[Taxacom] are journal-ranking algorithms code-compliant?

Michael A. Ivie mivie at montana.edu
Mon Apr 13 19:26:19 CDT 2015


If Zootaxa publishes 1,000 papers per year, and half of them are cited 
once in the first 2 years, its Impact factor would be 0.5.
1000/2000 (two years of papers are used)

If it published 50 papers per year, and they had an average of 3 
citations each in the first 2 years, it would be 3.0
300/100

If they publish 2 papers, and those are each cited 100 times, the impact 
factor would be 50!
200/4

"Impact" is the number of citations per published paper, and only 
citations in their list count.

Big is not the issue.

Mike

On 4/13/2015 6:18 PM, Doug Yanega wrote:
> On 4/13/15 4:44 PM, Roderic Page wrote:
>> Hi Doug,
>>
>> Alas that’s not how impact factor works. It’s a function of both the
>> number of articles published by a journal, and the number of
>> citations, see https://en.wikipedia.org/wiki/Impact_factor
>>
>> Given that most taxonomic work is likely to few citations (certainly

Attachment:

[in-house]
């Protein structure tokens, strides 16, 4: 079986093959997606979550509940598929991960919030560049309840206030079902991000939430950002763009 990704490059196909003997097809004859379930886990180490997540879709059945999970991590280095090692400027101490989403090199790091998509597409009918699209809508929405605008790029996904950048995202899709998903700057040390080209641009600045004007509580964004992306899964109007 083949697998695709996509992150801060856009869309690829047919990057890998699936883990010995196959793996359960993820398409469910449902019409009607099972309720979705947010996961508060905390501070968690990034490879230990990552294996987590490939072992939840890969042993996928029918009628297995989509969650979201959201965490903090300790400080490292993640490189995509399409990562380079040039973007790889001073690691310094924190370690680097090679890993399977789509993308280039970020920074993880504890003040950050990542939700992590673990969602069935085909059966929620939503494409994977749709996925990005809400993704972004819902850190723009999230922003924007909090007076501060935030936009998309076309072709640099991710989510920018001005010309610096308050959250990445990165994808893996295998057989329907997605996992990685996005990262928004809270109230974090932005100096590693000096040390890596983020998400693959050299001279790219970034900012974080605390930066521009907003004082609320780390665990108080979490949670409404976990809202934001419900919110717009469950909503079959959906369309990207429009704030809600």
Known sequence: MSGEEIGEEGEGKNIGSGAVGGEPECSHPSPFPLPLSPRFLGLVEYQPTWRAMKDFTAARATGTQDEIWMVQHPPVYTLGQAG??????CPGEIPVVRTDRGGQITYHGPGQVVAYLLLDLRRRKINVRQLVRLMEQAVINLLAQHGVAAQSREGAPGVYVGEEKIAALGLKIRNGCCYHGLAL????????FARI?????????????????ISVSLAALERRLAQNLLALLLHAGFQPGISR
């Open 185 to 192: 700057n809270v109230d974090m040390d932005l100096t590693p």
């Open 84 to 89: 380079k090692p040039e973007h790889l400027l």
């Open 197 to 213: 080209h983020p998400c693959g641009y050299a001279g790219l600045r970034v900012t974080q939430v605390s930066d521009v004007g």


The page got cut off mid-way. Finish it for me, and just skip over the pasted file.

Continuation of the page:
>> over the two-year period typically used when calculating impact
>> factor). Consider Zootaxa, far and away the largest journal in
>> zoological taxonomy. In 2013 approximately a quarter of all published
>> animal names were published in Zootaxa, but its impact factor in the
>> same year was 1.060
>> http://www.mapress.com/zootaxa/support/impactfactor.htm
>>
>> A mega journal for taxonomy is pretty much exactly the wrong strategy
>> to maximise impact factor.
>>
> So, if Zootaxa went from 25% of all names to 100%, you're saying that
> its impact factor would DECREASE?
>
> Also, while I see your point in terms of the status quo, are you not
> among the people advocating that scientific names that are digitally
> published get automatically linked back to their original publications?
> If this becomes common practice, will that not mean that every time a
> scientific name appears in print, it will *automatically* create a
> trackable, quantifiable citation event? This is more a matter of how
> people track citations, and is *also* presumably subject to change as
> technology evolves. I admit that I assume it will change to our
> advantage, and in precisely this way. Do you not see this happening?
>
> Sincerely,
>

-- 
__________________________________________________

Michael A. Ivie, Ph.D., F.R.E.S.

Montana Entomology Collection
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